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PHILIPPINE SUPREME COURT DECISIONS

SECOND DIVISION

[G.R. No. 63216. March 12, 1984.]

THE HON. EXPEDITO B. PILAR, in his capacity as Vice-Mayor and concurrently presiding officer protempore of the Sanguniang Bayan of Dasol, Pangasinan, Petitioner, v. THE SANGUNIANG BAYAN OF DASOL, PANGASINAN, composed of the HON. LODOVICO ESPINOSA, Municipal Mayor and presiding officer of said body and the following members of that body: HON. AVELINO N. NACAR, HON. LUZ B. JIMENEZ, HON. GERARDO B. RIVERA, HON. JUAN M. BONUS, HON. APOLONIO G. ABELLA, HON. ABRAHAM BALAOING, HON. JAIME ABELLA, HON. LAURENTINO BALAOING, HON. MA. LINDA BUSTRIA, HON. CEFERINO QUINITIO, HON. ELIFAS VIDAL, and MR. VICTORIANO BUAGA, Municipal Treasurer of Dasol, Pangasinan, Respondents.


SYLLABUS


1. REMEDIAL LAW; SPECIAL CIVIL ACTIONS; MANDAMUS TO COMPEL PAYMENT OF SALARIES; PAYMENT OF SALARIES RENDERS CASE MOOT AND ACADEMIC BUT PETITIONER ALLOWED TO RECOVER DAMAGES AND ATTORNEY’S FEES. — An original action for mandamus to compel the Sanguniang Bayan and the municipal treasurer to pay the salary due petitioner Hon. Expedito B. Pilar, in his capacity as the Vice Mayor of Dasol, Pangasinan, as provided for by Batas Pambansa Blg. 51 and as implemented by Circular 9-A of Joint Commission on Local Government and Personnel Administration and to recover actual, moral and exemplary damages plus attorney’s fees, is rendered moot and academic where in the meantime his said salary has been duly paid. We find and rule, however, that petitioner is entitled to damages and attorney’s fees because the facts show that petitioner was forced to litigate in order to claim his lawful salary which was unduly denied him for three (3) years and that the Mayor acted in gross and evident bad faith in refusing to satisfy petitioner’s plainly valid, just and demandable claim (Article 2208, (2) and (5), New Civil Code).

2. CIVIL LAW; DAMAGES; EXEMPLARY DAMAGES; RESPONDENT MAYOR PERSONALLY RESPONSIBLE THEREFOR ON ACCOUNT OF ARBITRARY EXERCISE OF AUTHORITY. — That respondent Hon. Mayor Lodovico Espinosa alone should be held liable and responsible for the miserable plight of the petitioner is clear. Respondent Mayor vetoed without just cause on October 26, 1982 the Resolution of the Sanguniang Bayan appropriating the salary of the petitioner. While "to veto or not to veto involves the exercise of discretion" as contended by respondents, respondent Mayor, however, exceeded his authority in an arbitrary manner when he vetoed the resolution since there exists sufficient municipal funds from which the salary of the petitioner could be paid. Respondent Mayor’s refusal, neglect or omission in complying with the directives of the Provincial Budget Officer and the Director of the Bureau of Local Government that the salary of the petitioner be provided for and paid the prescribed salary rate, is reckless and oppressive, hence, by way of example or correction for the public good, respondent Mayor is liable personally to the petitioner for exemplary or corrective damages.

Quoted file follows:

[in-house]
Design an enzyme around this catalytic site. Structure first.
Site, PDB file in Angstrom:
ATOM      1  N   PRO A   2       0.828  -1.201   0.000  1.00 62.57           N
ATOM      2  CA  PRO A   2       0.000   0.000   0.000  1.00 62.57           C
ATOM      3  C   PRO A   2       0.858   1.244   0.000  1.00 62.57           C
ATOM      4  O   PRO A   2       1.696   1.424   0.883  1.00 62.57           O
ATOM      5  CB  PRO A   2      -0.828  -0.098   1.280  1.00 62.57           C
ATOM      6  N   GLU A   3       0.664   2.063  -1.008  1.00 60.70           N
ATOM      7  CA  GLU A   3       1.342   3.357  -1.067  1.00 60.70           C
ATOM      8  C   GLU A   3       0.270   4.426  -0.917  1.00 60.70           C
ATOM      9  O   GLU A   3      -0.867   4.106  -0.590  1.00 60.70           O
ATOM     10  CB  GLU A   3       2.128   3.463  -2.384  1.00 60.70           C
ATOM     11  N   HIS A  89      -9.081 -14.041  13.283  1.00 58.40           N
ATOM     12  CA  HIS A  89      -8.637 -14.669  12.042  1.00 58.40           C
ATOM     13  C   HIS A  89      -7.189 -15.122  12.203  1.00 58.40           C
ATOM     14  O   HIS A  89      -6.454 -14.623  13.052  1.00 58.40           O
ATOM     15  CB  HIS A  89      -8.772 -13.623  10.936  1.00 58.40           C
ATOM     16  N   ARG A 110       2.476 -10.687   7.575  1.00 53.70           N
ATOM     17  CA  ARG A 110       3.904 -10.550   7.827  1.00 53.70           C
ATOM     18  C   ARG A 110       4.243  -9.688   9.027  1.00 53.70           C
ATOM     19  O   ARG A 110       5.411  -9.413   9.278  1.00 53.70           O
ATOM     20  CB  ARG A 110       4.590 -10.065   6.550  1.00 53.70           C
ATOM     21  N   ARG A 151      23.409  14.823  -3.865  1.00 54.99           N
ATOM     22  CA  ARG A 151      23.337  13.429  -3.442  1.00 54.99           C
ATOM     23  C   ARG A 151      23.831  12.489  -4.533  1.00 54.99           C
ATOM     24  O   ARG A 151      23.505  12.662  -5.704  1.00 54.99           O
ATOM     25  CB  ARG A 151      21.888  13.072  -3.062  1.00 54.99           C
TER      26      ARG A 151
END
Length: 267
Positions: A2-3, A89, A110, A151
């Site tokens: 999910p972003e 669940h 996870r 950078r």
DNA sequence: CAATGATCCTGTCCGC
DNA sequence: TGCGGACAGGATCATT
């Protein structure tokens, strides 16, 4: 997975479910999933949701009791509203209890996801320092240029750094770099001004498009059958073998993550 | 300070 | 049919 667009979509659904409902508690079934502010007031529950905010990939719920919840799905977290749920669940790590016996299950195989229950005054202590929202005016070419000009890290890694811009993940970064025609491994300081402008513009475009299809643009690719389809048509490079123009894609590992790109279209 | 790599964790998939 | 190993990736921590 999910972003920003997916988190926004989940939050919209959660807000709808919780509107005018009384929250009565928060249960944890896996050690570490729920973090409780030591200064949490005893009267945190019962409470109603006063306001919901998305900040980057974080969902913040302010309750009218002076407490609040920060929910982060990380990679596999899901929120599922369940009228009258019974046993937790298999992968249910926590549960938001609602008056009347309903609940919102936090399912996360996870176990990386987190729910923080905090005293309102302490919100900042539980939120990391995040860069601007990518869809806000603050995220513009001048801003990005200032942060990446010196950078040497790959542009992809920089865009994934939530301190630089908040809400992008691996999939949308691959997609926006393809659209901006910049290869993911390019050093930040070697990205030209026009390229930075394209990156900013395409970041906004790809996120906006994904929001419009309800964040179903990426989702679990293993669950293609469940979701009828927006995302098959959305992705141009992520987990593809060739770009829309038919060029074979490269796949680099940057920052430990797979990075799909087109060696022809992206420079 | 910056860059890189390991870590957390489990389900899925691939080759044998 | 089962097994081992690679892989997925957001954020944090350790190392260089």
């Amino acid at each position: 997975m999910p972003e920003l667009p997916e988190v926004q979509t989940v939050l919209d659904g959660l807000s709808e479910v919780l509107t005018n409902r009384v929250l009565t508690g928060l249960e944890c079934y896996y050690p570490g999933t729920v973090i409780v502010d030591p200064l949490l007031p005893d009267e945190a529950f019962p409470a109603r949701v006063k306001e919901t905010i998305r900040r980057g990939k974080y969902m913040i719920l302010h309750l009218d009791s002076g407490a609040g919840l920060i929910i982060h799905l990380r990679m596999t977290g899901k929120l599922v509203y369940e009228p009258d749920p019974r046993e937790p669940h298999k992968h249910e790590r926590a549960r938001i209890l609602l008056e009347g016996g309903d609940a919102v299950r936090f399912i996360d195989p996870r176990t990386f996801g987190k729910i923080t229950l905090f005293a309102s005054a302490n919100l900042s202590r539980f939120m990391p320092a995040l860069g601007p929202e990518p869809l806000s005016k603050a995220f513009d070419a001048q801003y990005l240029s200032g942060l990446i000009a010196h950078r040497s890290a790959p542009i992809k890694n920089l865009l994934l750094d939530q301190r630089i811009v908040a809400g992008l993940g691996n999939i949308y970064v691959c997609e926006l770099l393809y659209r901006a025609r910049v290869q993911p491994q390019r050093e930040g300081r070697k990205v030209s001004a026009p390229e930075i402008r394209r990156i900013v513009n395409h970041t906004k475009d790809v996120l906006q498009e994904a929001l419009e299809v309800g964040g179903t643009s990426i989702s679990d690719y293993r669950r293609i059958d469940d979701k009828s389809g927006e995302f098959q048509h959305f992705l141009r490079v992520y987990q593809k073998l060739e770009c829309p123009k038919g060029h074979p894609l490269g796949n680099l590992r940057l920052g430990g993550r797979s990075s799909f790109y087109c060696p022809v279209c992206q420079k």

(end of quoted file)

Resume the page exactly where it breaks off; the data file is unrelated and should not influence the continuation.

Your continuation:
3. ID.; ID.; ACTUAL AND MORAL DAMAGES; PERSONAL LIABILITY OF RESPONDENT IN CASE AT BAR. — Petitioner is likewise entitled to actual damages and costs of litigation which We reduce from P13,643.50 to P5,000.00 and for mental anguish, serious anxiety, wounded feelings, moral shock, social humiliation and similar injury, We hold that petitioner is entitled to P5,000.00 as moral damages to be paid personally by respondent Mayor Lodovico Espinosa from his private funds.

AQUINO, J., concurring:chanrob1es virtual 1aw library

1. CIVIL LAW; DAMAGES; MORAL DAMAGES; RESPONDENT MAYOR IN CASE AT BAR PERSONALLY LIABLE THEREFORE; BASIS. — As respondent mayor acted in bad faith in not performing his legal duty to appropriate the requisite amount for the payment of petitioner’s salaries, he becomes personally liable for damages. The governing law is found in article 27 of the Civil Code which makes a public servant or employee liable for damages for his refusal or neglect, without just cause, to perform his official duty (Javellana v. Tayo, 116 Phil. 1342, where a municipal mayor was adjudged liable to pay P100 as moral damages and P100 as attorney’s fees for failure to sign the payrolls for the per diems of certain councilors). Article 2219(10) of the Civil Code allows moral damages in an action under article 27.

2. REMEDIAL LAW; SPECIAL CIVIL ACTION; MANDAMUS; PROPER IN INSTANT CASE. — The propriety of mandamus, as the remedy resorted to by the petitioner, was settled in Guerrero v. Carbonell, 96 Phil. 977 and Bernardo v. Pascual, 93 Phil. 345.